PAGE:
In the last post, I mentioned what a personal mission statement is and why your quest for meaning and balance should begin with its writing as well as how unique it should be to you.
Again, according to the definition, some key words can be identified, ‘personal’, ‘mission’, ‘values’, ‘principles’, ‘character’ and ‘contribution’.
According to Viktor Frankl, “Everyone has his own specific mission or vocation in life…. therein he cannot be replaced, nor can his life be repeated…” You need to give this some thought. You are to be a meaningful-specific and not some wandering-generality.
While we don’t necessarily invent our mission, we discover them. The discovery of mission begins with having the end in mind. ‘What will I be remembered for when I leave the earth?’ is a question to keep asking. I advise you to listen to your conscience, not the voice of society’s expectations and demands.
Another step is to ask yourself if your current choice of lifestyle, career or relationships align with the voice of your conscience. Are you betraying your meaning or fulfilling it?
Next, we need to consider your values and principles. Values are subjective while principles are objective, but principles should inform values. Principles are time-tested, fundamental and proven laws regardless of people or society designed to promote harmony in human existence.
To the degree to which we live by principles, that is the degree to which we experience our true meaning. Values can be products of influence, society or principles. Values can change but principles don’t. Principles are divine and originate from the almighty God.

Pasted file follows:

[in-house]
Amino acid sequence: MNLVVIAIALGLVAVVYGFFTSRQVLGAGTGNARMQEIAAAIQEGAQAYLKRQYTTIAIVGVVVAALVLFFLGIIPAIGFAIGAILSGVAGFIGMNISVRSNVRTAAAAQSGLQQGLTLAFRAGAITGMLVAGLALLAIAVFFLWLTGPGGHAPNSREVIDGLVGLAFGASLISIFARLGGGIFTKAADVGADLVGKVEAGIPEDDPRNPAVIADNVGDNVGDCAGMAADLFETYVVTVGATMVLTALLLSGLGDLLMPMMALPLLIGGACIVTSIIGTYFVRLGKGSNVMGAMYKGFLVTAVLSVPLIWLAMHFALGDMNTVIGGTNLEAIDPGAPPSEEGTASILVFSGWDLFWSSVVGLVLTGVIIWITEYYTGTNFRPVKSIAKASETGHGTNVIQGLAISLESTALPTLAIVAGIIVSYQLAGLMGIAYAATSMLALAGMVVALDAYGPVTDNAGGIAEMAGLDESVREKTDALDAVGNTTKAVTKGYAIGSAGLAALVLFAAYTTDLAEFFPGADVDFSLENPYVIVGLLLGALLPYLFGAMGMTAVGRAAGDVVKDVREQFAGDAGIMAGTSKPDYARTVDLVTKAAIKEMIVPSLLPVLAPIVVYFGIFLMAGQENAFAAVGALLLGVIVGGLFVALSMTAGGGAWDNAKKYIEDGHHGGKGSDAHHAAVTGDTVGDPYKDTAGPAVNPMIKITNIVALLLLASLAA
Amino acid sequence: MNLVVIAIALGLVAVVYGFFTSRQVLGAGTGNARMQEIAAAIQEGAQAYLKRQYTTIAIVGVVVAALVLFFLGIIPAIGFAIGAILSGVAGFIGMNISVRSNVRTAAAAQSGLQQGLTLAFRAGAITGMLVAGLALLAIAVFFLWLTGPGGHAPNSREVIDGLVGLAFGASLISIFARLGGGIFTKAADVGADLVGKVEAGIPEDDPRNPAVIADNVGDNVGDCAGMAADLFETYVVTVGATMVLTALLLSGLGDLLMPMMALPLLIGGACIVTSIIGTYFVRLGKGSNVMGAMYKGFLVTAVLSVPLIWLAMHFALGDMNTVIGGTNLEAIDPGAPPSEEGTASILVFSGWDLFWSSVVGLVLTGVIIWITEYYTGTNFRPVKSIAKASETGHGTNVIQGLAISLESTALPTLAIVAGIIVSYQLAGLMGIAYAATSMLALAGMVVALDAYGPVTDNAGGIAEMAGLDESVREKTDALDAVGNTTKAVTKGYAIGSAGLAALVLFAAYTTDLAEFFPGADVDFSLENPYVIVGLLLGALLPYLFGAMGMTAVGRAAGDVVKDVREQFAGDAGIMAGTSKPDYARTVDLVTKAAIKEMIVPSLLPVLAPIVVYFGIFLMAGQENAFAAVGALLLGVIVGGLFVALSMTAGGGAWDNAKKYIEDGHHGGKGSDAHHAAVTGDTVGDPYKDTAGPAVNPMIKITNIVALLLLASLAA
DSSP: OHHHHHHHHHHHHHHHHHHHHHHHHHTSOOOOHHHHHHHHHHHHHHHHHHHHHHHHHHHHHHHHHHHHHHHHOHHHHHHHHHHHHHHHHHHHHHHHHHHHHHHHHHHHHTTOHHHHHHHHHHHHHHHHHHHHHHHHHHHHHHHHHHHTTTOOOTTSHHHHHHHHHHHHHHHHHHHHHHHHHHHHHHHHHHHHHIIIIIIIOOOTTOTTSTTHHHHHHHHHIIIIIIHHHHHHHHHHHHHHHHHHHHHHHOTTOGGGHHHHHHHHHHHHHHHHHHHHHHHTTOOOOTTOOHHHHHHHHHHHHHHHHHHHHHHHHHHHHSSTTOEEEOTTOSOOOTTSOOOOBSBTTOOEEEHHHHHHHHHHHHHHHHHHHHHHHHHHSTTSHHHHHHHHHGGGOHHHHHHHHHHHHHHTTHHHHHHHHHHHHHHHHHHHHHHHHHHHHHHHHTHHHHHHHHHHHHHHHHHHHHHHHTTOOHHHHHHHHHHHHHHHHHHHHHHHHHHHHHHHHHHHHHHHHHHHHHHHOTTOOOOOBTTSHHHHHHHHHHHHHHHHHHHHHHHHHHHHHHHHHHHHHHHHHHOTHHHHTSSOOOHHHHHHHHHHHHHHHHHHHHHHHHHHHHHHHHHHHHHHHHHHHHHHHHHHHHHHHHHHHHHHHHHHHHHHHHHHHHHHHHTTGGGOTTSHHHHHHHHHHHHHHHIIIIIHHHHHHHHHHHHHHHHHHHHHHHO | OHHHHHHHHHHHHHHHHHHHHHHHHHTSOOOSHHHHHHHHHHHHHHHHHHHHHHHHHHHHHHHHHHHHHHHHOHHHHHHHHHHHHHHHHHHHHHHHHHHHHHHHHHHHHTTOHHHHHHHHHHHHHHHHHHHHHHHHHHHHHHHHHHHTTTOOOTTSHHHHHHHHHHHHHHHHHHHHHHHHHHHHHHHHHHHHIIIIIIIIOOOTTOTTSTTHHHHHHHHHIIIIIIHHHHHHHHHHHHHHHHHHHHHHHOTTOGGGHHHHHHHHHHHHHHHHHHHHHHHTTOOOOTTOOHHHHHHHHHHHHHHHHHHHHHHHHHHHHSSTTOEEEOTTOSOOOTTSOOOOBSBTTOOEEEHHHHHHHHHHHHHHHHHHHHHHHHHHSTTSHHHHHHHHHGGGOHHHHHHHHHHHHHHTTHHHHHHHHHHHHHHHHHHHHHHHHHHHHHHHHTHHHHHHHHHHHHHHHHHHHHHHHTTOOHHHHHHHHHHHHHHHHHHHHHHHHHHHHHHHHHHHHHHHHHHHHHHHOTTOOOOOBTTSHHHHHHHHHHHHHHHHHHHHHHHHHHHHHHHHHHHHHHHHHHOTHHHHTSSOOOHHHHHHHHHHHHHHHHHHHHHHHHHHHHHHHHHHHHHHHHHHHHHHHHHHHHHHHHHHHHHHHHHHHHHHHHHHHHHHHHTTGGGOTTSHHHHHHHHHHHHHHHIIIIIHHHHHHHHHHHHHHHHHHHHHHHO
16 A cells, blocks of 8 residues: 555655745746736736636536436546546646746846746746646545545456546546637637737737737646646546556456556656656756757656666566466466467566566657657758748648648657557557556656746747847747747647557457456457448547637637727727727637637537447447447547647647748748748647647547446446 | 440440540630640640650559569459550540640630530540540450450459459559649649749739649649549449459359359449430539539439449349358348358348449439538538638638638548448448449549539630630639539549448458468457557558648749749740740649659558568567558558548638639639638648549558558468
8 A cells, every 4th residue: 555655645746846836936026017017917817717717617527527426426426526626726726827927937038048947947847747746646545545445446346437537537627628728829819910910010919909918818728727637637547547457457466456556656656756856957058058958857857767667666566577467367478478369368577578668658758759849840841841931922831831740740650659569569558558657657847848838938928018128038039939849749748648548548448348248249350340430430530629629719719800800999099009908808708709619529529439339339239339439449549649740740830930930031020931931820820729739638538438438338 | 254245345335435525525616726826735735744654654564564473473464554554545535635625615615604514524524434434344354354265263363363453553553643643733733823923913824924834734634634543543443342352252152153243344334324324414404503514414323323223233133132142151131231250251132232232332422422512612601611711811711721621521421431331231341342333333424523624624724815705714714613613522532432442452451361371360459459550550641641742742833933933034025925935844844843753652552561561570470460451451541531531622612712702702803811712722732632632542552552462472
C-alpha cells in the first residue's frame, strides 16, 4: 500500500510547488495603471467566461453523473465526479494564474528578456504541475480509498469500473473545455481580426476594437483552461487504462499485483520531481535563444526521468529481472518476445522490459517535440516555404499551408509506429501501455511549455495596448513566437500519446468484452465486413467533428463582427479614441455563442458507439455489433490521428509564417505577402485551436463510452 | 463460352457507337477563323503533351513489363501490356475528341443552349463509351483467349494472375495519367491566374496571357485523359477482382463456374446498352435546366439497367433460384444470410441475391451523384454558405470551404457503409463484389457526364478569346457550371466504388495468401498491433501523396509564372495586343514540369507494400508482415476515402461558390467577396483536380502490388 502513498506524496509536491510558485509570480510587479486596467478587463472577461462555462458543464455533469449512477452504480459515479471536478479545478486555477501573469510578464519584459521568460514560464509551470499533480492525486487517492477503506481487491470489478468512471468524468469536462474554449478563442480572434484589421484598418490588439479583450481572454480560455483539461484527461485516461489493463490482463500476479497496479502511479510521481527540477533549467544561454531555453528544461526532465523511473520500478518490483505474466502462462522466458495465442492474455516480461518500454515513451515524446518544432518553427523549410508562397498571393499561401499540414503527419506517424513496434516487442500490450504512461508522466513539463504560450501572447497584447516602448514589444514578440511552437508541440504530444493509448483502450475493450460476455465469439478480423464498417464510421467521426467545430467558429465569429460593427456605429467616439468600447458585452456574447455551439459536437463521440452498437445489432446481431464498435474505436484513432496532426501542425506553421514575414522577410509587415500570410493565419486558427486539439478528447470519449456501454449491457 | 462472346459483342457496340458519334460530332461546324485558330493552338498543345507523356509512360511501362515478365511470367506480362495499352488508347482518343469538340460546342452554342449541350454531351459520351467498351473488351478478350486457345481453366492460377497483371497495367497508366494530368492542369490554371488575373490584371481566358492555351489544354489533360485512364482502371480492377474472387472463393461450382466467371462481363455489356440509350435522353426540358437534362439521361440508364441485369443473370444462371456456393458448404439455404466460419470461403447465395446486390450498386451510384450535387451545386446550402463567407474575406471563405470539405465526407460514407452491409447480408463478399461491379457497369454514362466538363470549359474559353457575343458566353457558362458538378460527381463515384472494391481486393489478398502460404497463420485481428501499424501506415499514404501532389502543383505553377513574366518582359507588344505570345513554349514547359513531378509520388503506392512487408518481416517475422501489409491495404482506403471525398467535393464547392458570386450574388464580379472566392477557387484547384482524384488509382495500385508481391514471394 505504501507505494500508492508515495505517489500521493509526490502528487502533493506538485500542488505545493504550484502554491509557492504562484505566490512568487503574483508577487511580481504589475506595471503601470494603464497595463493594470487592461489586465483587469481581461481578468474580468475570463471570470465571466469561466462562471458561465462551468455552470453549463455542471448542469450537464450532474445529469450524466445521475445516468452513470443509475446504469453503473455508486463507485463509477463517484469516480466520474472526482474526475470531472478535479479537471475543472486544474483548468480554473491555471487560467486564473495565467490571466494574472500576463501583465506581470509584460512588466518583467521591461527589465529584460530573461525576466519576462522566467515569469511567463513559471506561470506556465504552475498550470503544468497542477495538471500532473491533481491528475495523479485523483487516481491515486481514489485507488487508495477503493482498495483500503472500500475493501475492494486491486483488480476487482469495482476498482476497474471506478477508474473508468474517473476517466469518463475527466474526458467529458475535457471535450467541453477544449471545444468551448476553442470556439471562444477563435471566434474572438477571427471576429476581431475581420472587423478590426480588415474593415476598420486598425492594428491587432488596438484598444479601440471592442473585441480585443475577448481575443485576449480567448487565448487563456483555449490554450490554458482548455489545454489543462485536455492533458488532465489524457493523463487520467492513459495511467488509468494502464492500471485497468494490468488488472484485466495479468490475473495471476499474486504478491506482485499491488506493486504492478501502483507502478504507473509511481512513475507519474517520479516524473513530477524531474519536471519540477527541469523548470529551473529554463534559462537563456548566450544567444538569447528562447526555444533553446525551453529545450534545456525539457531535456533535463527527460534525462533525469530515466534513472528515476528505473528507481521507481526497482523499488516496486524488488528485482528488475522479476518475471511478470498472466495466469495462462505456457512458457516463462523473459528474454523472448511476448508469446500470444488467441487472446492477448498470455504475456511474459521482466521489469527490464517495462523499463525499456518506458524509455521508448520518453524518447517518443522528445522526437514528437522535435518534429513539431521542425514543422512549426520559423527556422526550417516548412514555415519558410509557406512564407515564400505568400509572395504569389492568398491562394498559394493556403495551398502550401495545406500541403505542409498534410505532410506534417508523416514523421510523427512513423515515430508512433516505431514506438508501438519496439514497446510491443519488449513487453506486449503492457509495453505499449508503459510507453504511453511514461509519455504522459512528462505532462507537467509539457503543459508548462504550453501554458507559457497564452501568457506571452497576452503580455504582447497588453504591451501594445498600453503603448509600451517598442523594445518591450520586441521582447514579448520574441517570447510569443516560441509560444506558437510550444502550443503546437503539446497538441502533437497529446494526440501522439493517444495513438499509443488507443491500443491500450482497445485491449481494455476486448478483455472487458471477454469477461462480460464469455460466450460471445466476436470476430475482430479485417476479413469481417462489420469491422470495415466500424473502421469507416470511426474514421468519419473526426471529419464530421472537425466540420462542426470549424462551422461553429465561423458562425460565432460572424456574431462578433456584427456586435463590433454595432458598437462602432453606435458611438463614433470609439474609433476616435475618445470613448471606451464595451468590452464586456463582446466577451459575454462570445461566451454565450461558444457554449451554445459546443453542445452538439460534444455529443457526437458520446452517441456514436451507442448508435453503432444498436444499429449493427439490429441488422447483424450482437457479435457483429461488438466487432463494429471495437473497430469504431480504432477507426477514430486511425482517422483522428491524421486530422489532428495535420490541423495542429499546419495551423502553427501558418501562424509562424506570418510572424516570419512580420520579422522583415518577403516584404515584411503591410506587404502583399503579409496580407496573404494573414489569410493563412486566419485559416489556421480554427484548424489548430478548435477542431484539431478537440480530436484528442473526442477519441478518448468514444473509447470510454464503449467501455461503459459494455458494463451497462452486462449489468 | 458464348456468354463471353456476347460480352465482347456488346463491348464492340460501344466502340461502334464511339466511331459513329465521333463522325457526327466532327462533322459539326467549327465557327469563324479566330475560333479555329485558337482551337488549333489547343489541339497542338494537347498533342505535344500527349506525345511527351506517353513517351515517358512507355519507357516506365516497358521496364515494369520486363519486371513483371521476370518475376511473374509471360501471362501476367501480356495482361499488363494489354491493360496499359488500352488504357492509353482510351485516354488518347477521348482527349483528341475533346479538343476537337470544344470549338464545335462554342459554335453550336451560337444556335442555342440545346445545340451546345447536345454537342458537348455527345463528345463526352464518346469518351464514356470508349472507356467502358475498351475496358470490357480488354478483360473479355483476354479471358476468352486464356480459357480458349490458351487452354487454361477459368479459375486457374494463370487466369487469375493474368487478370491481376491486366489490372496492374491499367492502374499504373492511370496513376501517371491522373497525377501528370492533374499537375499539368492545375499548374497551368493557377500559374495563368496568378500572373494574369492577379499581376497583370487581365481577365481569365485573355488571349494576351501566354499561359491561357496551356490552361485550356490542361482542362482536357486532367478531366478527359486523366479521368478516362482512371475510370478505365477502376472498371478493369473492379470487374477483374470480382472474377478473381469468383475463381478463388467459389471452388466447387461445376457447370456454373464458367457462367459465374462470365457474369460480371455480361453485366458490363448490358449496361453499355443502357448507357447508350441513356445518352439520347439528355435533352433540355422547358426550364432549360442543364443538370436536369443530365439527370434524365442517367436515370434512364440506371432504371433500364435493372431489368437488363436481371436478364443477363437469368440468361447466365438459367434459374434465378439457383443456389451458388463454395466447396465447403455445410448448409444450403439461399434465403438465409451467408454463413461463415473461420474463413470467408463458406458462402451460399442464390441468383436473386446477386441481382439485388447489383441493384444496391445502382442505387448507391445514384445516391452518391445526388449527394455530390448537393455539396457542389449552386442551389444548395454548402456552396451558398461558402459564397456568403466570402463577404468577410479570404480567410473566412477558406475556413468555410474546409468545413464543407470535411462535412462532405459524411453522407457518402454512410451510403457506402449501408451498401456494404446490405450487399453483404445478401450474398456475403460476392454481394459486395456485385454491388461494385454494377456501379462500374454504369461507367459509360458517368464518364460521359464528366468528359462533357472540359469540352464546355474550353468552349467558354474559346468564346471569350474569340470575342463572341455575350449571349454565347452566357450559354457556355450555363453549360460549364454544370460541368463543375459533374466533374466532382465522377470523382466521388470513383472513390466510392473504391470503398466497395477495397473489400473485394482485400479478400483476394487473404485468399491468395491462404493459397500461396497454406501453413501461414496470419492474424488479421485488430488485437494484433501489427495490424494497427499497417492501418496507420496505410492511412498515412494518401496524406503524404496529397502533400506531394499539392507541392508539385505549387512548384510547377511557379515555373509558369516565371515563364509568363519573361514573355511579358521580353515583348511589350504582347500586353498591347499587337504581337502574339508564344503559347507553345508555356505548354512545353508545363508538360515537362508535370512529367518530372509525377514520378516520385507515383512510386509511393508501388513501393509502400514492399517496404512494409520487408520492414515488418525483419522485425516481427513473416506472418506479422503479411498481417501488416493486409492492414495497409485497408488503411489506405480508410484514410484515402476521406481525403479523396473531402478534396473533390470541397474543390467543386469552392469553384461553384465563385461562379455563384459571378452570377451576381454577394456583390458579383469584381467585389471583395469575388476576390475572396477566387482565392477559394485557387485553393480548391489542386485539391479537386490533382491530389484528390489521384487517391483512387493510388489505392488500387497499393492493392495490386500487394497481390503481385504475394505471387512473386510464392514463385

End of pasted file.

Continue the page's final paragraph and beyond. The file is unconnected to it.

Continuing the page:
Your values system therefore must be based on principles of honesty, love, fairness, integrity, humility, fidelity, industry, justice, self-control. Your values must align with these unchanging principles or you will be setting yourself up for serious inner conflicts. Even dictators, thieves and the mafia claim to have a value system.
Just for the records again; to the degree to which we live by principles, do we discover our true meaning and experience inner peace.
Take time to clarify your value system using timeless principles. Next, work to ensure your actions are consistent with your creeds. It’s a daily struggle but it’s the only kind of war for which I believe we ought to take up arms – conquering ourselves and subordinating our lives to principles. The tension and struggles are worthwhile.
I remember Aristotle’s conclusion on the human condition, “Only the good can be happy, and only the virtuous can be good.” The pursuit of virtue is one of life’s noblest missions.